• PLYOMETRIC BOXES: Plyo boxes are used for box jumps, step-ups, depth jumps, and other weight-bearing movements, so be sure to purchase sturdy boxes. We recommend stocking several different sizes, up to 24" (but no higher than 36") for Volt movements.
  • ADJUSTABLE WEIGHT BENCHES: Benches that can adjust to an incline position are great for both flat and incline versions of presses, rows, flyes, and more.
  • PULL-UP BARS: Most squat racks will have a pull-up bar at the top, but it can be helpful to have more than one pull-up area for when the squat racks are in use.
  • LAT PULLDOWN MACHINE: This cable machine allows athletes who cannot perform a pull-up to develop good downward pulling mechanics.

"Nice to Have" Equipment

The following pieces of equipment are nice to have, but not absolutely necessary for implementing Volt.

  • GLUTE-HAM DEVELOPER (GHD): While you can certainly get by without this specialty piece of equipment, we highly recommend investing in a GHD at some point. The GHD allows for effective training of the posterior chain, particularly eccentric hamstring strengthening (as an injury mitigation mechanism).
  • ADJUSTABLE CABLE TOWER: Volt training frequently uses cable-based movements, but these can sometimes be substituted with band, dumbbell, or even plate movements if necessary.
  • KETTLEBELLS : Kettlebells are great tools for strength and conditioning work, but dummbells can almost always be substituted with similar effectiveness.
The weight room at Muskego High School, designed by Volt Advisory Board Member and 36-year veteran high school strength coach Mike Nitka.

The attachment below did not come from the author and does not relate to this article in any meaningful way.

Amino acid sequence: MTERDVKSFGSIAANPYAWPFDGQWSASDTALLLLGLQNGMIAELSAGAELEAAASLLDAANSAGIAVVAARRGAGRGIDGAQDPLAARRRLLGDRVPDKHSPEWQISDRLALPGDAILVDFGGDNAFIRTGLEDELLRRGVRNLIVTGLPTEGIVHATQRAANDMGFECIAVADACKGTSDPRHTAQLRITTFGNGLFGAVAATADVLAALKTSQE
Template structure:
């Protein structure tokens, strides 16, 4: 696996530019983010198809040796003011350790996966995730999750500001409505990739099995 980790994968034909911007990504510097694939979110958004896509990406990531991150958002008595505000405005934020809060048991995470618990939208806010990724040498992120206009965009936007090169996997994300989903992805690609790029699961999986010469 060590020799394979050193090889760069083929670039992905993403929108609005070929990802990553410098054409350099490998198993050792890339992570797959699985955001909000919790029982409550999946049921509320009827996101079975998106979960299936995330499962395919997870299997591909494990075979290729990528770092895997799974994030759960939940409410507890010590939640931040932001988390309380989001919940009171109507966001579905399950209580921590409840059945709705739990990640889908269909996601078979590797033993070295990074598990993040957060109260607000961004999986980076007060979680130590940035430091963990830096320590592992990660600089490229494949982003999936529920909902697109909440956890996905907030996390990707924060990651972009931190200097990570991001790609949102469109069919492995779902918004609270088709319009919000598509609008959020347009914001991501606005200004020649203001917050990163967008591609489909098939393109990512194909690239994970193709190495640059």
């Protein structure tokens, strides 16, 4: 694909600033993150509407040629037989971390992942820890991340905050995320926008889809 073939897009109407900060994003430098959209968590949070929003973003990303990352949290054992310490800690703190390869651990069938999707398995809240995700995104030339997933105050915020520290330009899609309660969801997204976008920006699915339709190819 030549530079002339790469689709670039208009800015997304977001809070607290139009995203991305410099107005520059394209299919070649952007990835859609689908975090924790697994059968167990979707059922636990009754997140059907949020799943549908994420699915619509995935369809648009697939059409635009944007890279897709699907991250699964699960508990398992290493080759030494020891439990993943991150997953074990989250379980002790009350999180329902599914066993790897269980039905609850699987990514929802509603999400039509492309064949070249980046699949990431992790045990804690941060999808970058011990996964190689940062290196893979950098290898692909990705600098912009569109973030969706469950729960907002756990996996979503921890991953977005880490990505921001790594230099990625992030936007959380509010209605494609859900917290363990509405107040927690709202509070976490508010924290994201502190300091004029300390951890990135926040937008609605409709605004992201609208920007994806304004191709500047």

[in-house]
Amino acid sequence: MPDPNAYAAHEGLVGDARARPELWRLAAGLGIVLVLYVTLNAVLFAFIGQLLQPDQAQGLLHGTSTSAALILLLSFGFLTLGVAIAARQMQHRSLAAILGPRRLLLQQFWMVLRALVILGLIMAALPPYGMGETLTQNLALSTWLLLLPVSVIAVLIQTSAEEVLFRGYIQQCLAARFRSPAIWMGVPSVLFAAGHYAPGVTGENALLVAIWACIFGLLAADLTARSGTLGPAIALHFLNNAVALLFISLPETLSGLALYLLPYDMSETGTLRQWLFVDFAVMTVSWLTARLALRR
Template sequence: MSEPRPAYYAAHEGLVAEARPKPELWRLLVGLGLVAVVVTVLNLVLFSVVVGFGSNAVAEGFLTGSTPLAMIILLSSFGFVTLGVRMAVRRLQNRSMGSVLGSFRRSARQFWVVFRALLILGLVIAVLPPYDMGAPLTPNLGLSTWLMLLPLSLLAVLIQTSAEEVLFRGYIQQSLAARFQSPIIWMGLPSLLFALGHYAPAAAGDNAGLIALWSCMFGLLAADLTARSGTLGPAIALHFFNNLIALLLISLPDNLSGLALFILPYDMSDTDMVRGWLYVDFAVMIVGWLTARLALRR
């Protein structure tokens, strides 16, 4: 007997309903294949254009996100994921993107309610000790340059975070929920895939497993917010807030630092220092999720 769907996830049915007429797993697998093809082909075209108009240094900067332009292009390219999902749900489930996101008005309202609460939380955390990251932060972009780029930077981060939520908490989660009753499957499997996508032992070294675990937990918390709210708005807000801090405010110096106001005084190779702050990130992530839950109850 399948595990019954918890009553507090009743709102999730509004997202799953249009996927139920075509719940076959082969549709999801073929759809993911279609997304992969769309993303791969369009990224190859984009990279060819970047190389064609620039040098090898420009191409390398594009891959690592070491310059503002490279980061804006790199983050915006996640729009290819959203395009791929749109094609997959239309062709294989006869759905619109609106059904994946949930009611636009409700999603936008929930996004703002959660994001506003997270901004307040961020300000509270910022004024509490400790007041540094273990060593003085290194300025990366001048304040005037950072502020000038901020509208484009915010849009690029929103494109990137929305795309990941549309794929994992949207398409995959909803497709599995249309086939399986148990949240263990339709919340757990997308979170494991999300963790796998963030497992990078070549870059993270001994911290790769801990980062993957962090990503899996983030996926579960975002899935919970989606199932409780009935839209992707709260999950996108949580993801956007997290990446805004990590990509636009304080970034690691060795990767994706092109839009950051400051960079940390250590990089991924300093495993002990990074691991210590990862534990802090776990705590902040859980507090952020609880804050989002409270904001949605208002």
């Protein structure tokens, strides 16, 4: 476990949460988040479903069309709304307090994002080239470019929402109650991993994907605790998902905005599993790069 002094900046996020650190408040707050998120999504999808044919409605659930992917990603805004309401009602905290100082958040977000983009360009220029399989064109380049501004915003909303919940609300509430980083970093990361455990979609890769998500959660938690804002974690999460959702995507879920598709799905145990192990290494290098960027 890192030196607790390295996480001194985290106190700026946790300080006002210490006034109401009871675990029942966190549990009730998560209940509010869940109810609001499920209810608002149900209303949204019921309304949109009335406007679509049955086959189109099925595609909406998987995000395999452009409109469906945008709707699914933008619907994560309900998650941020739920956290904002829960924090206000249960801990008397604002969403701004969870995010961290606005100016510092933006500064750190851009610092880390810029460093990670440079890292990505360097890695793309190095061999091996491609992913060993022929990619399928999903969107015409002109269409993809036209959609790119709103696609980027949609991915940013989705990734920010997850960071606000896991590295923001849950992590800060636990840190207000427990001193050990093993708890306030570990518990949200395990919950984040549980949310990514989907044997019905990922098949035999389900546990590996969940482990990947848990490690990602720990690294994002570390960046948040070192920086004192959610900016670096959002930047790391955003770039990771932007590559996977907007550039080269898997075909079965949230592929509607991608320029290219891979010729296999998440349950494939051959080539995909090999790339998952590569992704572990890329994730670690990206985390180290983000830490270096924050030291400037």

The weight room at Muskego High School, designed by Volt Advisory Board Member and 36-year veteran high school strength coach Mike Nitka.

Arranging Equipment

How your equipment is organized can have a big impact on safety and efficiency in your weight room. The following recommendations come straight from the NSCA's Essentials of Strength Training and Conditioning, 4th Edition.

  • Group equipment into sections or areas by type: Olympic lifting area, stretching and floor work area, dumbbells and free weights area, etc.
  • Shorter pieces of equipment should go in the center of the room and taller equipment can be bolted to the floor along the walls. This creates optimal traffic flow through the room while preserving a clear line of sight for the coach.
  • Set up free weights and squat racks along the walls of the weight room. If you have an even number of squat racks, they can be placed back-to-back away from the walls.
  • All racks should have at least 36" of space on all sides for walking safely around the rack and should be 3-4' away from any other nearby rack.
  • Barbells and dumbbells should have at least 36" of space on either side to allow athletes to move between them safely.
Another shot of Muskego High School's weight room facilities.

Another shot of Muskego High School's weight room facilities.

Weight Room Management

The importance of safety in your weight room cannot be overstated. Here are some useful guidelines for the safe management of your training facility:

  • Always keep the weight room as clean as possible. Make sure there are clear and easy paths through the weight room and to all exits.
  • Any time a barbell is loaded, clamps (weight clips) should be used to secure the plates. Even during light sets.